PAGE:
The Minister explained that recreation can be achieved through youth camps as a strategic anchor to foster social cohesion in order to ensure that young people work co-operatively across race, ethnicity, gender, geographical location, class, language and creed. The Ministerial programme aimed to mobilize society into sport activeness and also to generate dialogue with the stakeholders in defining the new sport landscape.

Recreation which had not received attention in the previous years was to be fully integrated and a Ministerial Advisory Team would be appointed in the next two weeks to engage society on feasible projects and programmes so as to speed up the process. In addition, through recreation the Department aimed to drive the campaign on healthy lifestyles working in close cooperation with the Department of Health with a broader view of attacking social ills prevalent in the country, for example substance abuse. In order to achieve the objectives the Department would build sustainable partnerships with different stakeholders as indicated in the Indaba. Some of these would include SASCOC, National Federations, Sport Councils, private sector and non governmental organizations.


3.6. Mobilizing funding for optimal programme execution


The Department was in the process of engaging municipalities on ring-fencing of the 15% of the Public municipal Service infrastructure component of the Infrastructure Grant towards building sport facilities in the rural areas as was gazetted in May 2011. Working together with the Department of Cooperative Governance and Traditional Affairs, the Department will conduct a national facilities audit to ascertain the state of sport infrastructure and was hoping to establish a Geographical Information System (GIS) that would assist in the implementation of the national facilities plan. Currently, the Department was developing 52 infrastructure hubs in 52 districts around the country in line with the Demarcation Board so as to allow municipalities to join resources and build a single vibrant infrastructure facility.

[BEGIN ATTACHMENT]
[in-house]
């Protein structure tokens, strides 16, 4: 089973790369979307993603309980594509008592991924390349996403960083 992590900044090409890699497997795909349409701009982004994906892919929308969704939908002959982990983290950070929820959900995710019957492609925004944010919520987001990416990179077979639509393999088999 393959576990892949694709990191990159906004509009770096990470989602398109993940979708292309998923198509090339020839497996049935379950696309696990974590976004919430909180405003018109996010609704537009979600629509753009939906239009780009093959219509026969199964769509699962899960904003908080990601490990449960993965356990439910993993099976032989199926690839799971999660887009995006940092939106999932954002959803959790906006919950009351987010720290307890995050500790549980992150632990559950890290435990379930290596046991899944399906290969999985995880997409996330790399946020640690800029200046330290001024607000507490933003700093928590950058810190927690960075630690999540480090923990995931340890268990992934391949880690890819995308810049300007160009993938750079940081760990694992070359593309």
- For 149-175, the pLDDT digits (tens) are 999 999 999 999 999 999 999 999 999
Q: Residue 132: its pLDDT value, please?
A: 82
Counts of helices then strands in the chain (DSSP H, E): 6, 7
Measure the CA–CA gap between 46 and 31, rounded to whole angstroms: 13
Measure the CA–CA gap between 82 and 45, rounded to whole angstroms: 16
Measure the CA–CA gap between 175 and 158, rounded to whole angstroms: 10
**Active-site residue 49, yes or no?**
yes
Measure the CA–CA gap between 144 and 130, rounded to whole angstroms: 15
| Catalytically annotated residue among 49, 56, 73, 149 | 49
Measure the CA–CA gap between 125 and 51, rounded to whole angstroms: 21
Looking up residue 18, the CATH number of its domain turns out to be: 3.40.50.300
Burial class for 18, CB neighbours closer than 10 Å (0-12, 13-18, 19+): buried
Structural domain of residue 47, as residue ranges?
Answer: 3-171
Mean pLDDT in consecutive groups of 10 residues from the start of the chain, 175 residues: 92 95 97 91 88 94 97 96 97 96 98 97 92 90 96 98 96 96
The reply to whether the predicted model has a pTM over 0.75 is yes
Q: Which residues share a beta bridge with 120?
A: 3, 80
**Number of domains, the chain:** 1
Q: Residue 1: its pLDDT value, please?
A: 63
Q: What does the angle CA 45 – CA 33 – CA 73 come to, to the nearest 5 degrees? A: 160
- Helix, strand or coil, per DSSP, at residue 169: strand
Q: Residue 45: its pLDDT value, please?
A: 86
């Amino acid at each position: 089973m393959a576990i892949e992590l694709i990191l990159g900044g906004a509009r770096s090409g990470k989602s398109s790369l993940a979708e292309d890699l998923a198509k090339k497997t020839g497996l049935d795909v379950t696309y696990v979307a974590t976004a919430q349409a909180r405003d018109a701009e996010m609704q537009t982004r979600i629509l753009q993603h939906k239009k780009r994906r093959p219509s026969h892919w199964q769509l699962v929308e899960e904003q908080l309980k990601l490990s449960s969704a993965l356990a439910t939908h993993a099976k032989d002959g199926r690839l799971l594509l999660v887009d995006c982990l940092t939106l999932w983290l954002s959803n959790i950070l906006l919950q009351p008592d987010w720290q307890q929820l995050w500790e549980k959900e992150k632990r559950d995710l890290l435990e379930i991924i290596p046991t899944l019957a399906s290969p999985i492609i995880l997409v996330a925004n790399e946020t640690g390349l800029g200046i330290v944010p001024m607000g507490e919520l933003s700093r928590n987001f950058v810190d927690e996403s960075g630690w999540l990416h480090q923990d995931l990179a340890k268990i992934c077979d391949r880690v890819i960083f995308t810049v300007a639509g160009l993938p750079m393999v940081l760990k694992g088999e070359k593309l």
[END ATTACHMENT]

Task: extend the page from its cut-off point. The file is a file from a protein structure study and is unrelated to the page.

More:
4. Presentation on the Strategic Plan 2012-2016 of the Department of Sport and Recreation


The Director General of the Department of Sport and Recreation, Mr Alec Moemi led the presentation of the Department’s Strategic Plan for 2012-2016 to the Portfolio Committee. The outcomes oriented approach had been followed in the formulation of the Strategic Plans. The performance plan was in effect the business plan for the Department. The 2012 – 2016 strategic plans were focussed on increasing participation and the level of international competition. The strategic plan included inputs from previous strategic plans.


The Department had designed the strategic plan and complemented it with an annual performance plan as required by the law. The plan was aligned tot the new Sport and Recreation Plan which was adopted in November last year.


The plan covered the Administration programme, Sport Support Systems, Mass participation, International Relations and Facilities Coordination. The structure had not yet responded to the new mandate in terms of the national plan; hence the Department had begun a restructuring programme.